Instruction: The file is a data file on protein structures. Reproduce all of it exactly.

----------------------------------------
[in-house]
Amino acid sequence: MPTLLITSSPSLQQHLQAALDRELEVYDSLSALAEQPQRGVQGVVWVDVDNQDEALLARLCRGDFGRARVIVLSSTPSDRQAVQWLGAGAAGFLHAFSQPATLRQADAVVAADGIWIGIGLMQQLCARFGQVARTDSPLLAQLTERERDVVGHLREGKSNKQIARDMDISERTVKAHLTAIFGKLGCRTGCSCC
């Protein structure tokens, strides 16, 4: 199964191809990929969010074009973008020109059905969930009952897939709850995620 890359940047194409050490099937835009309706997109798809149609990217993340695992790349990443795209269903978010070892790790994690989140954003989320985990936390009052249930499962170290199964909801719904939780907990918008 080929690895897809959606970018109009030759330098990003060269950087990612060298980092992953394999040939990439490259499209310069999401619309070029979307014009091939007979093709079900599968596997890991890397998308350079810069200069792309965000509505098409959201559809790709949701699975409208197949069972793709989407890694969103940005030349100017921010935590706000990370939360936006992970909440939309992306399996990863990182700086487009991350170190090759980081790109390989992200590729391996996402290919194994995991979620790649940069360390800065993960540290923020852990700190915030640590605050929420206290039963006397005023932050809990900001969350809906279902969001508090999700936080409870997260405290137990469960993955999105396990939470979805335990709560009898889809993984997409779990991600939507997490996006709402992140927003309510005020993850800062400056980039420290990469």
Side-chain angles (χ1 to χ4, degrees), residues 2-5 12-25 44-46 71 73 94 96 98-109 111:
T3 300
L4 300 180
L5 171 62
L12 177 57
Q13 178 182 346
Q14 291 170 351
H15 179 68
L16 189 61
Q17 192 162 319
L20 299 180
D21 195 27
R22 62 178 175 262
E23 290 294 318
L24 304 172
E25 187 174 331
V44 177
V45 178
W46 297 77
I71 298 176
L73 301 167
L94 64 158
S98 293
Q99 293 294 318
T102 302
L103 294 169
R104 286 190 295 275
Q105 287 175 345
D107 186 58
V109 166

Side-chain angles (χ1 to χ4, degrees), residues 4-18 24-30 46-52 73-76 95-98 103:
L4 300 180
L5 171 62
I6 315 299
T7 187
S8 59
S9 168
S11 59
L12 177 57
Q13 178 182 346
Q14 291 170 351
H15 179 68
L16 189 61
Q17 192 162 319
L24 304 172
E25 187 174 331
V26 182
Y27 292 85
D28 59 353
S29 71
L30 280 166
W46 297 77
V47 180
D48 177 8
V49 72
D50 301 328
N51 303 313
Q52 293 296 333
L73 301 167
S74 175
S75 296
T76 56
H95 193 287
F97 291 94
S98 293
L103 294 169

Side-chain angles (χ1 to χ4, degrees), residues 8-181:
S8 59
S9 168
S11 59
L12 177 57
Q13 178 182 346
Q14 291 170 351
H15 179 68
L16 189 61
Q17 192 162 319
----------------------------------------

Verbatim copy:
[in-house]
Amino acid sequence: MPTLLITSSPSLQQHLQAALDRELEVYDSLSALAEQPQRGVQGVVWVDVDNQDEALLARLCRGDFGRARVIVLSSTPSDRQAVQWLGAGAAGFLHAFSQPATLRQADAVVAADGIWIGIGLMQQLCARFGQVARTDSPLLAQLTERERDVVGHLREGKSNKQIARDMDISERTVKAHLTAIFGKLGCRTGCSCC
């Protein structure tokens, strides 16, 4: 199964191809990929969010074009973008020109059905969930009952897939709850995620 890359940047194409050490099937835009309706997109798809149609990217993340695992790349990443795209269903978010070892790790994690989140954003989320985990936390009052249930499962170290199964909801719904939780907990918008 080929690895897809959606970018109009030759330098990003060269950087990612060298980092992953394999040939990439490259499209310069999401619309070029979307014009091939007979093709079900599968596997890991890397998308350079810069200069792309965000509505098409959201559809790709949701699975409208197949069972793709989407890694969103940005030349100017921010935590706000990370939360936006992970909440939309992306399996990863990182700086487009991350170190090759980081790109390989992200590729391996996402290919194994995991979620790649940069360390800065993960540290923020852990700190915030640590605050929420206290039963006397005023932050809990900001969350809906279902969001508090999700936080409870997260405290137990469960993955999105396990939470979805335990709560009898889809993984997409779990991600939507997490996006709402992140927003309510005020993850800062400056980039420290990469």
Side-chain angles (χ1 to χ4, degrees), residues 2-5 12-25 44-46 71 73 94 96 98-109 111:
T3 300
L4 300 180
L5 171 62
L12 177 57
Q13 178 182 346
Q14 291 170 351
H15 179 68
L16 189 61
Q17 192 162 319
L20 299 180
D21 195 27
R22 62 178 175 262
E23 290 294 318
L24 304 172
E25 187 174 331
V44 177
V45 178
W46 297 77
I71 298 176
L73 301 167
L94 64 158
S98 293
Q99 293 294 318
T102 302
L103 294 169
R104 286 190 295 275
Q105 287 175 345
D107 186 58
V109 166

Side-chain angles (χ1 to χ4, degrees), residues 4-18 24-30 46-52 73-76 95-98 103:
L4 300 180
L5 171 62
I6 315 299
T7 187
S8 59
S9 168
S11 59
L12 177 57
Q13 178 182 346
Q14 291 170 351
H15 179 68
L16 189 61
Q17 192 162 319
L24 304 172
E25 187 174 331
V26 182
Y27 292 85
D28 59 353
S29 71
L30 280 166
W46 297 77
V47 180
D48 177 8
V49 72
D50 301 328
N51 303 313
Q52 293 296 333
L73 301 167
S74 175
S75 296
T76 56
H95 193 287
F97 291 94
S98 293
L103 294 169

Side-chain angles (χ1 to χ4, degrees), residues 8-181:
S8 59
S9 168
S11 59
L12 177 57
Q13 178 182 346
Q14 291 170 351
H15 179 68
L16 189 61
Q17 192 162 319